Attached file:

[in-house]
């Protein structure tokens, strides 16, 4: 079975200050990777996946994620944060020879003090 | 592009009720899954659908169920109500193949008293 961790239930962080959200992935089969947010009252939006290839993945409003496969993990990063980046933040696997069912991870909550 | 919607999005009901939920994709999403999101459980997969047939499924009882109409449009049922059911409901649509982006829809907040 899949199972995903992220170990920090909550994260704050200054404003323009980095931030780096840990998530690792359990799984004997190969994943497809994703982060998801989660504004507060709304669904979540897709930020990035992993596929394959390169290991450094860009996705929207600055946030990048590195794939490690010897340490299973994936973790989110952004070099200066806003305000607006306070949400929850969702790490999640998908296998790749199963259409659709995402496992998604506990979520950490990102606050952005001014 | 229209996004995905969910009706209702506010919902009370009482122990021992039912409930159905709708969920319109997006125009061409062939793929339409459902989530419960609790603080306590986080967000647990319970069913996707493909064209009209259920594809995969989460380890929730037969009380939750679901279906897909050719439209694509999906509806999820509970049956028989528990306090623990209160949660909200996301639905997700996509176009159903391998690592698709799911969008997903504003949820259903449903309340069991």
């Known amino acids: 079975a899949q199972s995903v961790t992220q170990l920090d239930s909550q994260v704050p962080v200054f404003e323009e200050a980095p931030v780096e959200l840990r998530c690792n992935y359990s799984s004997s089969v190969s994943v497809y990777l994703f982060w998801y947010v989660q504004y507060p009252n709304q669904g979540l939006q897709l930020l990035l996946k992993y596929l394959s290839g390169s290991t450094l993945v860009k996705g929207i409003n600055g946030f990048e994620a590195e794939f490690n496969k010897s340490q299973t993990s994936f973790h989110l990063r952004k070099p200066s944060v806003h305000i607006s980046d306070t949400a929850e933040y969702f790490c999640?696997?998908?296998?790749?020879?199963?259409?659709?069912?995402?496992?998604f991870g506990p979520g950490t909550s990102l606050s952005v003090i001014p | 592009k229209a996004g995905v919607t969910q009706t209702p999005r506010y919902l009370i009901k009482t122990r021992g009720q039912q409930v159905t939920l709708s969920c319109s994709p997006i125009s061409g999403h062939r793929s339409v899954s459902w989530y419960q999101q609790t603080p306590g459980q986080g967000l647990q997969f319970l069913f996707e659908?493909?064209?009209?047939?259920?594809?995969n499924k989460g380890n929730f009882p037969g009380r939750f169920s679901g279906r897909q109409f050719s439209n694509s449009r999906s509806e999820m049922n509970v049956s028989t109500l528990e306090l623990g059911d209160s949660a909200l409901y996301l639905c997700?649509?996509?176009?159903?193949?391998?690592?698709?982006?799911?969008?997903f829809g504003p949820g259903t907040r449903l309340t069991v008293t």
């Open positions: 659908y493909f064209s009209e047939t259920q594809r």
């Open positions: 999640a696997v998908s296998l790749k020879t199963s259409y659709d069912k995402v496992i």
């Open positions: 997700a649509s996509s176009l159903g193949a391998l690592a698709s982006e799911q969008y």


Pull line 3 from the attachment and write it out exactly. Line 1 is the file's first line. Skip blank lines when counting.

């Known amino acids: 079975a899949q199972s995903v961790t992220q170990l920090d239930s909550q994260v704050p962080v200054f404003e323009e200050a980095p931030v780096e959200l840990r998530c690792n992935y359990s799984s004997s089969v190969s994943v497809y990777l994703f982060w998801y947010v989660q504004y507060p009252n709304q669904g979540l939006q897709l930020l990035l996946k992993y596929l394959s290839g390169s290991t450094l993945v860009k996705g929207i409003n600055g946030f990048e994620a590195e794939f490690n496969k010897s340490q299973t993990s994936f973790h989110l990063r952004k070099p200066s944060v806003h305000i607006s980046d306070t949400a929850e933040y969702f790490c999640?696997?998908?296998?790749?020879?199963?259409?659709?069912?995402?496992?998604f991870g506990p979520g950490t909550s990102l606050s952005v003090i001014p | 592009k229209a996004g995905v919607t969910q009706t209702p999005r506010y919902l009370i009901k009482t122990r021992g009720q039912q409930v159905t939920l709708s969920c319109s994709p997006i125009s061409g999403h062939r793929s339409v899954s459902w989530y419960q999101q609790t603080p306590g459980q986080g967000l647990q997969f319970l069913f996707e659908?493909?064209?009209?047939?259920?594809?995969n499924k989460g380890n929730f009882p037969g009380r939750f169920s679901g279906r897909q109409f050719s439209n694509s449009r999906s509806e999820m049922n509970v049956s028989t109500l528990e306090l623990g059911d209160s949660a909200l409901y996301l639905c997700?649509?996509?176009?159903?193949?391998?690592?698709?982006?799911?969008?997903f829809g504003p949820g259903t907040r449903l309340t069991v008293t």